Throw Your Arms Around Me

Monday, September 20, 2010

Long ago I realized that, much to my own dismay and annoyance, I am a magnet for people who desperately need friends.  Seriously, it's inevitable.  I'm in a crowd of people... whoever is having the hardest time fitting in will immediately hone in on whatever frequency I emit that says, Friend to all.  Don't get me wrong- it's nice to be liked and all that.  But it just. never. fails.  My friends have laughed at me for this reason countless times.  I will admit that it has resulted in some long-term friendships on a few occasions, but I had to fight to get beyond the qualities of these individuals that I initially found so irksome.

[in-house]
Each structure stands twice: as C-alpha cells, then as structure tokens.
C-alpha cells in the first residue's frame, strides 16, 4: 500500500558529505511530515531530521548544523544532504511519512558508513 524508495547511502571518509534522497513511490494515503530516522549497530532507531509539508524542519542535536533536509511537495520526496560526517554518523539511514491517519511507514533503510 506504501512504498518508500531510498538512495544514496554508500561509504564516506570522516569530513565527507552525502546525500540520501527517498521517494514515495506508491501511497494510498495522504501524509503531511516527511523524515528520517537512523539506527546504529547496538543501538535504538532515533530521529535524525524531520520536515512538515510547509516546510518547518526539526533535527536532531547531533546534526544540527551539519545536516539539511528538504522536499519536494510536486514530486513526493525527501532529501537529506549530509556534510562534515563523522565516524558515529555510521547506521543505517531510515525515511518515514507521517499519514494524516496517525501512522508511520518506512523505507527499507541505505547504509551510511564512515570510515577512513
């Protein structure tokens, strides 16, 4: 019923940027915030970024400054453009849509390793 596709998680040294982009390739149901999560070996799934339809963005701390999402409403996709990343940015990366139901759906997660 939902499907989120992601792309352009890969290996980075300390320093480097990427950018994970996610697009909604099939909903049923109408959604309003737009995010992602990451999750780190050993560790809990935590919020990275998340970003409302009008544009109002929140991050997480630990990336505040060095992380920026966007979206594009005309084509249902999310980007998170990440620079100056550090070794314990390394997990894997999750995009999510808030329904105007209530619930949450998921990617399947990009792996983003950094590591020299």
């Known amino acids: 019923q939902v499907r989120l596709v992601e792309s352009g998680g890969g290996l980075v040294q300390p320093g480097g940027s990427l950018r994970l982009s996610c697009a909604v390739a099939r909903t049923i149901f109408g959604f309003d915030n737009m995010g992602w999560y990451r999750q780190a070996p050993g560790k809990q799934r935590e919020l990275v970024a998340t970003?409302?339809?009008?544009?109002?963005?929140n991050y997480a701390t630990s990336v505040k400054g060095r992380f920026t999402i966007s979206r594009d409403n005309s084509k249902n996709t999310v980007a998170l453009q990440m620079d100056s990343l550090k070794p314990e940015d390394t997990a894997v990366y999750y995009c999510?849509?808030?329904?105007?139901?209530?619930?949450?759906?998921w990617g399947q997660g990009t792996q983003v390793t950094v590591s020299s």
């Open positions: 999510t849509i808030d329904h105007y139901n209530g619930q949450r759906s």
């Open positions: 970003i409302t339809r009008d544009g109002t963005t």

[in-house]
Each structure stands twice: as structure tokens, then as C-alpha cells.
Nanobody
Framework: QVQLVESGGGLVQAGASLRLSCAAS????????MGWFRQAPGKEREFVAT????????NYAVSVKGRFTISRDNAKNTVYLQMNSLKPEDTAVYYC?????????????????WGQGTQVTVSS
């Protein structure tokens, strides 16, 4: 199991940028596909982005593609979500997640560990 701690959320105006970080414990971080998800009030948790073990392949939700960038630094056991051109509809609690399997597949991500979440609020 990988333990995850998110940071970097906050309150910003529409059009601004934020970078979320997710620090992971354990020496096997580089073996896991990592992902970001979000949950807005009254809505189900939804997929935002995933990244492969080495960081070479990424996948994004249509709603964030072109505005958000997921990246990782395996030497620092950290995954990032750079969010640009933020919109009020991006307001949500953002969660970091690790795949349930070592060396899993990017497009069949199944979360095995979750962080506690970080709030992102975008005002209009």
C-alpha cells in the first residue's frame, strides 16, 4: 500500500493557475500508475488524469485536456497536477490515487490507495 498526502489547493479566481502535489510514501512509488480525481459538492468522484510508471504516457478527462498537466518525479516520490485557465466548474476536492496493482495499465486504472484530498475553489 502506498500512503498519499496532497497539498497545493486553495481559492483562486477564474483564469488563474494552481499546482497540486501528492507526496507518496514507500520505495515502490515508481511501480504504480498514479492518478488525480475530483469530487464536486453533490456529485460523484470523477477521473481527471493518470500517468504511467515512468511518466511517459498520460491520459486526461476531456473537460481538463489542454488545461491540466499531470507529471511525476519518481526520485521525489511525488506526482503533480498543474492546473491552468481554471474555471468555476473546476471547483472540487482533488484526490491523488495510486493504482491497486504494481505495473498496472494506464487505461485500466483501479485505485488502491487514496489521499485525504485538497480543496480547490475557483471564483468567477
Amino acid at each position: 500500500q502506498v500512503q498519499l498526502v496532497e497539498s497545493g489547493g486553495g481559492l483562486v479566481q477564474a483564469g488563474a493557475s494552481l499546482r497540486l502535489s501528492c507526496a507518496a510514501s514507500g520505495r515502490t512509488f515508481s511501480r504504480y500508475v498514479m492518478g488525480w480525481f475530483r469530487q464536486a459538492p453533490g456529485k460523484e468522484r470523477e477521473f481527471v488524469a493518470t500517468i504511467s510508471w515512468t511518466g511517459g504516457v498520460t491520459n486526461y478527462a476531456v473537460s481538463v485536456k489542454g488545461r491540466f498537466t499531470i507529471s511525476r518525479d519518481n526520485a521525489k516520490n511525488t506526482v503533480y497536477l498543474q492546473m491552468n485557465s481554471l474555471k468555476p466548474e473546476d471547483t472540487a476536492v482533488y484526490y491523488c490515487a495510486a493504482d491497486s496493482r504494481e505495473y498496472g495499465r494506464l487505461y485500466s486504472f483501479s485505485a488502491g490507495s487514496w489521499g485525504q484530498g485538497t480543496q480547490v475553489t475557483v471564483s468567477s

After Saturday, I can now say that apparently I'm giving off more vibes than just my standard Friend to all.  I had to get up early and go to a Junior League meeting from 8-12 on Saturday (and who doesn't just LOVE the Saturday morning 6:35 wake up alarm that came with it?) and I took the Metro in.  Because I am brilliant, I plotted my trains online the night before and knew I'd take the orange line in and have 3 minutes to switch and get on the red line at 7:47.  Everything was running on schedule.  I was on my game.  And then, as I stood looking at the headlights of the approaching train way down the track and saw the blinking warning lights on the grounding, a homeless woman approached.  At first she just asked what time it was, and my aforementioned brilliance was given a moment in the spotlight as I announced that the train that was coming was on time for its scheduled 7:47 arrival.  And then... she asked for a hug.  I literally had no idea what to do.  I'm not comfortable hugging people I don't know.  I don't even always want to shake their hands.  Plus, I live in a world where I've been taught to be incredibly cautious.  Don't leave your purse unzipped in crowded places.  Don't talk to strangers (obviously I'd already ignored that rule).  Don't take candy or food from strangers.  Don't get in cars with people you don't know.  The list goes on and on.  These are rules all kids are taught from early ages, but as an attractive female (yeah, I said it- I'm attractive.  I have a healthy self-image), society tells me I should be more cautious.  So back to the story.  Homeless lady asks for a hug.  Do I do the nice thing and give her a hug?  Do I cringe and recoil and say, "No, thanks!" and run?  I weighed my options at lightening speed and decided to go in for the hug and keep it brief.  I figured that, being homeless and all, it probably has been a long time since anyone offered her a hug.  Hugs are good for you.  And the train was coming so I knew I could cut it short by getting on the train.  So I kept my purse super close to my body (because of course I immediately wondered if she'd try and slip something out of it mid-hug) gave her a 1-armed hug, she put her head on my shoulder, and then I pulled away and jumped on the train.